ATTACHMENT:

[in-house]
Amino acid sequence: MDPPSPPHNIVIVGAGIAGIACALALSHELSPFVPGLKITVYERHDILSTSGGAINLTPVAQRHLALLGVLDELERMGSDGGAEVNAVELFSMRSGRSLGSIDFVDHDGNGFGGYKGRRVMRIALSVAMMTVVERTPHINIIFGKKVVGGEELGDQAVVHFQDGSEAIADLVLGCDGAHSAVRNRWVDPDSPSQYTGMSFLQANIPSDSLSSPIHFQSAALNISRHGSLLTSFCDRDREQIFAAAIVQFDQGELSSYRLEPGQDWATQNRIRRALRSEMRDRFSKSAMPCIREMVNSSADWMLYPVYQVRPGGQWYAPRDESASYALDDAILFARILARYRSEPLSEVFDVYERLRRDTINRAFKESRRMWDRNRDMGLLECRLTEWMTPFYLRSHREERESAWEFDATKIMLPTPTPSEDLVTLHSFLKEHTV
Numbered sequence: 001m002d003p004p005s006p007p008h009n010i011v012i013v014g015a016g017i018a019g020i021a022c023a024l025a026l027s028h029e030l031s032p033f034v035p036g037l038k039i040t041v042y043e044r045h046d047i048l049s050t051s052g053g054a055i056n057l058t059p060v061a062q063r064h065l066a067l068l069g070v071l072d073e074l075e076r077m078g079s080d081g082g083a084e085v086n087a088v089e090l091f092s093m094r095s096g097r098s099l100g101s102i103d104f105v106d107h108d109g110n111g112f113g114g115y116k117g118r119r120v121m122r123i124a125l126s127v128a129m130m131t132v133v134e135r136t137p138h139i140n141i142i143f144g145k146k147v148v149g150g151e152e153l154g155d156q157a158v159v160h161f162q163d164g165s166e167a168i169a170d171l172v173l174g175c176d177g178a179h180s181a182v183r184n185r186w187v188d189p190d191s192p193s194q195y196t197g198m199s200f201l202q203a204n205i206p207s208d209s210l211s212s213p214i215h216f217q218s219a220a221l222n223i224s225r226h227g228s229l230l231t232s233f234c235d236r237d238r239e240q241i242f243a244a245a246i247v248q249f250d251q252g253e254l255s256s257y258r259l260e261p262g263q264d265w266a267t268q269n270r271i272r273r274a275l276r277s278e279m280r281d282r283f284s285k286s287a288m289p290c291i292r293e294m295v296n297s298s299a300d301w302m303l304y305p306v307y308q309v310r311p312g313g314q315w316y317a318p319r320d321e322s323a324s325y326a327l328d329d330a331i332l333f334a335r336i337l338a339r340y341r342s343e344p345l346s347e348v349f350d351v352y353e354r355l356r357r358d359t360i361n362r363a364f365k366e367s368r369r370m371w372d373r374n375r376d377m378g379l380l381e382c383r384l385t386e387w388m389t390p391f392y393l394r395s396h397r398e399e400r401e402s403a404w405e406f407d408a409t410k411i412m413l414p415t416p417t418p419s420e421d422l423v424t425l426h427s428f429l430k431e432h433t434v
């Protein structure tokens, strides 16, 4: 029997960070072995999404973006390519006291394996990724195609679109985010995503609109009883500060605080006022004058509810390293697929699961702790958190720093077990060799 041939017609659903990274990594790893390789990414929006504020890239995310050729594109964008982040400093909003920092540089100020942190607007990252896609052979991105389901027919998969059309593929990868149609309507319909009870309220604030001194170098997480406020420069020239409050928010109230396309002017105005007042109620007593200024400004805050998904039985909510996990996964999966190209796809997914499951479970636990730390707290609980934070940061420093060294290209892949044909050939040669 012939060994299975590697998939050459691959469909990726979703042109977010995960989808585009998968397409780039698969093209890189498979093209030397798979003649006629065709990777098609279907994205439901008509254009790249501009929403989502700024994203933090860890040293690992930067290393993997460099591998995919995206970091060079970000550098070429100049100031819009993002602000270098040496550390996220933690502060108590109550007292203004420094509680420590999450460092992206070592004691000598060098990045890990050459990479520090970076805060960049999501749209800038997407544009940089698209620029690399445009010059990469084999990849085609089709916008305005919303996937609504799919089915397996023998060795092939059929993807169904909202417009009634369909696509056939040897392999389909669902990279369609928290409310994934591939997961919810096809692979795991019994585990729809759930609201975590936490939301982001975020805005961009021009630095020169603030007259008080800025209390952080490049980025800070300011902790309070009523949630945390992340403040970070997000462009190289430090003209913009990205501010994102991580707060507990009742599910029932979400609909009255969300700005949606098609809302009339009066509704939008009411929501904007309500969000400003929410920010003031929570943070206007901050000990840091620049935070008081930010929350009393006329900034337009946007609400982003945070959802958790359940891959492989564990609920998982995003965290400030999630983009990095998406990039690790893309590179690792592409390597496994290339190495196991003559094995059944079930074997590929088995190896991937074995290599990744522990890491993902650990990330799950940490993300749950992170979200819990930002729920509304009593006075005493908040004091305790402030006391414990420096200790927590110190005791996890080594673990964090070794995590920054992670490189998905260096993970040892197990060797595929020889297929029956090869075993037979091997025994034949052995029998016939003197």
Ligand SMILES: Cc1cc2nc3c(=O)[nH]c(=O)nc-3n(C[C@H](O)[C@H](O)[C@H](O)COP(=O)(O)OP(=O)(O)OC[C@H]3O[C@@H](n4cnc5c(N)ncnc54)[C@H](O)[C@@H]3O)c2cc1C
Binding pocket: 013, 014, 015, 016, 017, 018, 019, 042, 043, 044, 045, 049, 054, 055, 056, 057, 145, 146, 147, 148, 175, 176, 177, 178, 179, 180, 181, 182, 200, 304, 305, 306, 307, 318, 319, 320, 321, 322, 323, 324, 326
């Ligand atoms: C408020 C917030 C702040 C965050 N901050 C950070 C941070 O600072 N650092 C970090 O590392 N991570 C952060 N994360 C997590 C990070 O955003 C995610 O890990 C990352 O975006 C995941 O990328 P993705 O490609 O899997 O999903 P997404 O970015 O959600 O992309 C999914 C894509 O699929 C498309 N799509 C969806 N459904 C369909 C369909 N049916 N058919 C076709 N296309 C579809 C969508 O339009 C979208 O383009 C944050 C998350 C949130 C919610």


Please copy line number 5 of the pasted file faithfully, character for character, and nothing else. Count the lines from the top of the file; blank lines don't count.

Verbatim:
Ligand SMILES: Cc1cc2nc3c(=O)[nH]c(=O)nc-3n(C[C@H](O)[C@H](O)[C@H](O)COP(=O)(O)OP(=O)(O)OC[C@H]3O[C@@H](n4cnc5c(N)ncnc54)[C@H](O)[C@@H]3O)c2cc1C